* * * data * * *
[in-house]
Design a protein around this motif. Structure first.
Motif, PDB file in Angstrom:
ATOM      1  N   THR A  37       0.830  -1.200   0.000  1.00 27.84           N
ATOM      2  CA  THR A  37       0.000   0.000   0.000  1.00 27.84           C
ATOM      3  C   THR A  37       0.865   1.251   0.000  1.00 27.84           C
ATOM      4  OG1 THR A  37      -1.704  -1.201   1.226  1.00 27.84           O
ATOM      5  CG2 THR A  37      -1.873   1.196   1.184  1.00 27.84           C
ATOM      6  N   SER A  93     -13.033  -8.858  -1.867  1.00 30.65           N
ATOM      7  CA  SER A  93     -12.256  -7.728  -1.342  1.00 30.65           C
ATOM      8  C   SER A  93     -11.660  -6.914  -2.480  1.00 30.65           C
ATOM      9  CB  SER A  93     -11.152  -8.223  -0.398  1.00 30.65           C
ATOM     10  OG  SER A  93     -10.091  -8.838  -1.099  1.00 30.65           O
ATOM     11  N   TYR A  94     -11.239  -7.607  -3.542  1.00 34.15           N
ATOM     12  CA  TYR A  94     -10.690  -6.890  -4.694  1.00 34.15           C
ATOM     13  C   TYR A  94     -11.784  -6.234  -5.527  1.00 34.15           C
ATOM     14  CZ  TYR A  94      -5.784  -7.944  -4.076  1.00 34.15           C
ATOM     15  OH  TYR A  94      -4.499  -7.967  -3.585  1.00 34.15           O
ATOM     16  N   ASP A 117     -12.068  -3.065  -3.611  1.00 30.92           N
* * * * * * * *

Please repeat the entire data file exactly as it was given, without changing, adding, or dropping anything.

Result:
[in-house]
Design a protein around this motif. Structure first.
Motif, PDB file in Angstrom:
ATOM      1  N   THR A  37       0.830  -1.200   0.000  1.00 27.84           N
ATOM      2  CA  THR A  37       0.000   0.000   0.000  1.00 27.84           C
ATOM      3  C   THR A  37       0.865   1.251   0.000  1.00 27.84           C
ATOM      4  OG1 THR A  37      -1.704  -1.201   1.226  1.00 27.84           O
ATOM      5  CG2 THR A  37      -1.873   1.196   1.184  1.00 27.84           C
ATOM      6  N   SER A  93     -13.033  -8.858  -1.867  1.00 30.65           N
ATOM      7  CA  SER A  93     -12.256  -7.728  -1.342  1.00 30.65           C
ATOM      8  C   SER A  93     -11.660  -6.914  -2.480  1.00 30.65           C
ATOM      9  CB  SER A  93     -11.152  -8.223  -0.398  1.00 30.65           C
ATOM     10  OG  SER A  93     -10.091  -8.838  -1.099  1.00 30.65           O
ATOM     11  N   TYR A  94     -11.239  -7.607  -3.542  1.00 34.15           N
ATOM     12  CA  TYR A  94     -10.690  -6.890  -4.694  1.00 34.15           C
ATOM     13  C   TYR A  94     -11.784  -6.234  -5.527  1.00 34.15           C
ATOM     14  CZ  TYR A  94      -5.784  -7.944  -4.076  1.00 34.15           C
ATOM     15  OH  TYR A  94      -4.499  -7.967  -3.585  1.00 34.15           O
ATOM     16  N   ASP A 117     -12.068  -3.065  -3.611  1.00 30.92           N